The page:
Good Read

Lauren Molyneux curls up with a good book to review the latest best seller

Moving Pictures
Catherine Finch

Ribble Valley-based novelist Catherine Finch is once again capturing the hearts of readers with her newly released collection of award-winning short stories, writes Lauren Molyneux.

Featuring both new and familiar characters, the stories in Catherine Finch’s latest title, Moving Pictures, span decades and countries to provide an entertaining read that is at once refreshing and light-hearted, whilst equally absorbing, emotive and even poetic in some aspects.

Bringing together snippets of a handful of lives – a young mother just finding her feet after deciding to go it alone, an elderly man filled with regrets over a decision made in childhood, a middle-aged woman who remains committed to her career, with little time for anything else, a woman forced to reflect on her past after receiving sad news about an old friend and a young girl struggling to come to terms with the truth about her father – Moving Pictures offers a vibrant and intricate commentary on life, love, family and human relationships, highlighting the trials and the triumphs we all may come to face at some point in our journey.

As a unique voice in women’s literature, Catherine Finch captures well the struggles and sensibilities of her female characters, managing to develop and deliver them fully fleshed out despite using the format of flash fiction. Allowing us to visit an array of female characters, each at a different stage of life and facing a unique set of circumstances, Finch’s females are all equally real and relatable.

For fans of Finch’s other published works – Walking Apart and Walking Alone – Moving Pictures will provide an interesting insight into where the familiar characters of Helen and David were in the earliest stages of their development and may help to shed some light on how the final versions of both characters came to be.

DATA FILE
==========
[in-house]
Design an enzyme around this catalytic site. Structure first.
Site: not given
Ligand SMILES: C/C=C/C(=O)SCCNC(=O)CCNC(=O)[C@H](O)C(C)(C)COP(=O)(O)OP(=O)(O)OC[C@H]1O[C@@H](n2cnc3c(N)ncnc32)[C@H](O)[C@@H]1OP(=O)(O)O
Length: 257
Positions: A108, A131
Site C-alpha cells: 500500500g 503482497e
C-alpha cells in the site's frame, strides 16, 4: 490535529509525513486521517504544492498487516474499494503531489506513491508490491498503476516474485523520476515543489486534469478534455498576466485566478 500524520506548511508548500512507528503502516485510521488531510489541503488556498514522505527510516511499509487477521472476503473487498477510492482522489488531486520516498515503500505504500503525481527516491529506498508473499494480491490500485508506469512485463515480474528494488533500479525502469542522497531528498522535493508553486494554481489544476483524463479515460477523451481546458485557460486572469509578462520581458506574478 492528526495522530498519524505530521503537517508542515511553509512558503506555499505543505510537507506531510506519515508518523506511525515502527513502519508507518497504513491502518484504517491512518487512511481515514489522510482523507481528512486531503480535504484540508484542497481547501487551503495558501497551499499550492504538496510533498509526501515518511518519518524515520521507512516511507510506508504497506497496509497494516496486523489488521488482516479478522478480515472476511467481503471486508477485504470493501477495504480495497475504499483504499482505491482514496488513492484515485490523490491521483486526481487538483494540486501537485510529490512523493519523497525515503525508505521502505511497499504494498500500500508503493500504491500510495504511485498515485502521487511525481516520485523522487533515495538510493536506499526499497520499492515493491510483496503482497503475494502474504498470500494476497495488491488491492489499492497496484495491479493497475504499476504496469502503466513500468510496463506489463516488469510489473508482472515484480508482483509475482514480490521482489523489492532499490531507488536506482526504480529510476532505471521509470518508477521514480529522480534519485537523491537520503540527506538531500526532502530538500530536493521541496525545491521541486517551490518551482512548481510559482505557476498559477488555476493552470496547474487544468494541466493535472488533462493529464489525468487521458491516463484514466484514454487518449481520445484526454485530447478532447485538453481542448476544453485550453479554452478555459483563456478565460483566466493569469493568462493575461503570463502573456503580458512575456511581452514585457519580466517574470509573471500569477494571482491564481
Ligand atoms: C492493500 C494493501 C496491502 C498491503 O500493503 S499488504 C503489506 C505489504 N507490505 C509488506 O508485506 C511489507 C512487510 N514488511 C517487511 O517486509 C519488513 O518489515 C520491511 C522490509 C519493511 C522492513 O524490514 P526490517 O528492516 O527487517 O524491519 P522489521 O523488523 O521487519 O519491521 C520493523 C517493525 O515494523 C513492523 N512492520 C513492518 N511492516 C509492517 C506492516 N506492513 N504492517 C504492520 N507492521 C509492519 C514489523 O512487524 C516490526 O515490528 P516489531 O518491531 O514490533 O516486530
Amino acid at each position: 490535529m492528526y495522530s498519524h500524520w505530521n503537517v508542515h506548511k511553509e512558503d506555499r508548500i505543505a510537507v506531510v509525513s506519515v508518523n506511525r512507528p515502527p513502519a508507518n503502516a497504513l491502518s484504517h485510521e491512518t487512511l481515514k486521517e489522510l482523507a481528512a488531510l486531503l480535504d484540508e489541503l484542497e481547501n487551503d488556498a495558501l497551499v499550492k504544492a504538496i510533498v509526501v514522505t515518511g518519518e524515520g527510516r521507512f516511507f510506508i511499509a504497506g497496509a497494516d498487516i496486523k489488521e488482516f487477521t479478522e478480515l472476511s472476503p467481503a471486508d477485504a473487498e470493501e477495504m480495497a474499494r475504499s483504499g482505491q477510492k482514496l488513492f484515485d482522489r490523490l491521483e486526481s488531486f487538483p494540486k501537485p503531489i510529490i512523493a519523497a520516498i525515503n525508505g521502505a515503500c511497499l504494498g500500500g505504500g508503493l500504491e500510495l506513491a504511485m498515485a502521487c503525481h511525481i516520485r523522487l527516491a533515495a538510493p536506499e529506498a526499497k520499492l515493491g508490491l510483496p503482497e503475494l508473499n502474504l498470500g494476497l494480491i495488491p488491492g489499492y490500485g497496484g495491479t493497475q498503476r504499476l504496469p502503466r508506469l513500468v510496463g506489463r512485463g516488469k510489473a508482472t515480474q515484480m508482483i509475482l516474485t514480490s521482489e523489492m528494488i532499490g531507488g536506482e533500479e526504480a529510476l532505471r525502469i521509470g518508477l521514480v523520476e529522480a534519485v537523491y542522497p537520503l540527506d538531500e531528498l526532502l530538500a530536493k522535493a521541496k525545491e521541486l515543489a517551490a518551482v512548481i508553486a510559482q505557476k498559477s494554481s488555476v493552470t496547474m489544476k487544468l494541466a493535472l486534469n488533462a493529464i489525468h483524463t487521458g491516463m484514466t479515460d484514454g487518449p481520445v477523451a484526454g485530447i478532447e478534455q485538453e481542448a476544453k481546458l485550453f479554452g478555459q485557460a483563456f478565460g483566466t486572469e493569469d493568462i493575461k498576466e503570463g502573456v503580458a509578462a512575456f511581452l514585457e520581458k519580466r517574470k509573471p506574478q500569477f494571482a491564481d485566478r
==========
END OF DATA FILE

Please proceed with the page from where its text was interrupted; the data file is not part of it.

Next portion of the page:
A perfect piece of escapism which offers light reading material with substance, encouraging self-reflection and invoking emotion with every story, Moving Pictures is one to pick up and dive into when you have a spare five minutes, or read through and finish in one sitting. But what makes this collection particularly unique is the hope and intention expressed in the author’s commentary to have created a book which will never find itself settled on someone’s bookshelf – rather, she hopes, it will be passed along from reader to reader, bringing comfort and joy to everyone who finds it in their hands.



Tedd Walmsley

Be the first to know

To get exclusive news, be the first to know about our special offers and competitions, sign up to Live Magazines for FREE.

Tedd Walmsley managing director of Live Magazines shares his views on the latest topics in media.

Follow him on Twitter and connect with him on LinkedIn to join the conversation